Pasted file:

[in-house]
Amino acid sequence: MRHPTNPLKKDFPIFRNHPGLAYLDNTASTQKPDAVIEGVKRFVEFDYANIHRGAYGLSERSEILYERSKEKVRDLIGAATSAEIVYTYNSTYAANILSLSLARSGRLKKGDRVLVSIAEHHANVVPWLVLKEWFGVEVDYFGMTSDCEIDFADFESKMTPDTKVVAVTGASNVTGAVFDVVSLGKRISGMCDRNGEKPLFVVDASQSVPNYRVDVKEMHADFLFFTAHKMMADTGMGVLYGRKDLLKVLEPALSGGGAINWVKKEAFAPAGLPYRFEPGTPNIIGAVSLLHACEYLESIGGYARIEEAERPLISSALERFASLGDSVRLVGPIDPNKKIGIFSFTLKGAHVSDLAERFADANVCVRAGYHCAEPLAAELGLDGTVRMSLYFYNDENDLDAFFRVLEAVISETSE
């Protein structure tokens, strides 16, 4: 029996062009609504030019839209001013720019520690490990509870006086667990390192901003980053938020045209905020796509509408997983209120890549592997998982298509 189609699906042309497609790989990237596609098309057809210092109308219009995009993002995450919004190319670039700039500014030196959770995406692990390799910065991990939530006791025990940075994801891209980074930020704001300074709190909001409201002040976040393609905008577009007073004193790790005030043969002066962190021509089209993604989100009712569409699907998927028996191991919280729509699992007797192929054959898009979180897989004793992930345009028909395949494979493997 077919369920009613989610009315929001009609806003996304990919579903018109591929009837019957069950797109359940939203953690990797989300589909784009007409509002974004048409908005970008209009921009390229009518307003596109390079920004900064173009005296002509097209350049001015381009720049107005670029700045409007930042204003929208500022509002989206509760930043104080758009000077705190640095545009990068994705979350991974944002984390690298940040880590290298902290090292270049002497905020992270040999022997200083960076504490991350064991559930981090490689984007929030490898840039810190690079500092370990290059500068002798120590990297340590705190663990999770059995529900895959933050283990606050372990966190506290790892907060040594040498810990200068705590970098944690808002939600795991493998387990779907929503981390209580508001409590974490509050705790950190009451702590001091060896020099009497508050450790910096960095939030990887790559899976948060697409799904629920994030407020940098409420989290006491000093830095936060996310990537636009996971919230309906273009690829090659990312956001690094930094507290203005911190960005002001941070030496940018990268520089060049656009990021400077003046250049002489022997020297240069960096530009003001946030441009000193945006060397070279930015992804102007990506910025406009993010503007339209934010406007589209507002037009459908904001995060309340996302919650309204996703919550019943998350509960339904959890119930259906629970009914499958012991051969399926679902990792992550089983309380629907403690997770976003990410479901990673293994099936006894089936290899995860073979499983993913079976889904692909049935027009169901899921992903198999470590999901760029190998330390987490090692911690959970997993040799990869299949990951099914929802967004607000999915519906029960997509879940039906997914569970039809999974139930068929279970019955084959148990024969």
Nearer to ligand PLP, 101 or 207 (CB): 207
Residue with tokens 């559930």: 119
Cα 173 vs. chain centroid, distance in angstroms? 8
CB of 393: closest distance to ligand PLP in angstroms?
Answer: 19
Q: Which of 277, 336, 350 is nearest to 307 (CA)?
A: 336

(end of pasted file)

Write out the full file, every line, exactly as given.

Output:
[in-house]
Amino acid sequence: MRHPTNPLKKDFPIFRNHPGLAYLDNTASTQKPDAVIEGVKRFVEFDYANIHRGAYGLSERSEILYERSKEKVRDLIGAATSAEIVYTYNSTYAANILSLSLARSGRLKKGDRVLVSIAEHHANVVPWLVLKEWFGVEVDYFGMTSDCEIDFADFESKMTPDTKVVAVTGASNVTGAVFDVVSLGKRISGMCDRNGEKPLFVVDASQSVPNYRVDVKEMHADFLFFTAHKMMADTGMGVLYGRKDLLKVLEPALSGGGAINWVKKEAFAPAGLPYRFEPGTPNIIGAVSLLHACEYLESIGGYARIEEAERPLISSALERFASLGDSVRLVGPIDPNKKIGIFSFTLKGAHVSDLAERFADANVCVRAGYHCAEPLAAELGLDGTVRMSLYFYNDENDLDAFFRVLEAVISETSE
């Protein structure tokens, strides 16, 4: 029996062009609504030019839209001013720019520690490990509870006086667990390192901003980053938020045209905020796509509408997983209120890549592997998982298509 189609699906042309497609790989990237596609098309057809210092109308219009995009993002995450919004190319670039700039500014030196959770995406692990390799910065991990939530006791025990940075994801891209980074930020704001300074709190909001409201002040976040393609905008577009007073004193790790005030043969002066962190021509089209993604989100009712569409699907998927028996191991919280729509699992007797192929054959898009979180897989004793992930345009028909395949494979493997 077919369920009613989610009315929001009609806003996304990919579903018109591929009837019957069950797109359940939203953690990797989300589909784009007409509002974004048409908005970008209009921009390229009518307003596109390079920004900064173009005296002509097209350049001015381009720049107005670029700045409007930042204003929208500022509002989206509760930043104080758009000077705190640095545009990068994705979350991974944002984390690298940040880590290298902290090292270049002497905020992270040999022997200083960076504490991350064991559930981090490689984007929030490898840039810190690079500092370990290059500068002798120590990297340590705190663990999770059995529900895959933050283990606050372990966190506290790892907060040594040498810990200068705590970098944690808002939600795991493998387990779907929503981390209580508001409590974490509050705790950190009451702590001091060896020099009497508050450790910096960095939030990887790559899976948060697409799904629920994030407020940098409420989290006491000093830095936060996310990537636009996971919230309906273009690829090659990312956001690094930094507290203005911190960005002001941070030496940018990268520089060049656009990021400077003046250049002489022997020297240069960096530009003001946030441009000193945006060397070279930015992804102007990506910025406009993010503007339209934010406007589209507002037009459908904001995060309340996302919650309204996703919550019943998350509960339904959890119930259906629970009914499958012991051969399926679902990792992550089983309380629907403690997770976003990410479901990673293994099936006894089936290899995860073979499983993913079976889904692909049935027009169901899921992903198999470590999901760029190998330390987490090692911690959970997993040799990869299949990951099914929802967004607000999915519906029960997509879940039906997914569970039809999974139930068929279970019955084959148990024969």
Nearer to ligand PLP, 101 or 207 (CB): 207
Residue with tokens 């559930």: 119
Cα 173 vs. chain centroid, distance in angstroms? 8
CB of 393: closest distance to ligand PLP in angstroms?
Answer: 19
Q: Which of 277, 336, 350 is nearest to 307 (CA)?
A: 336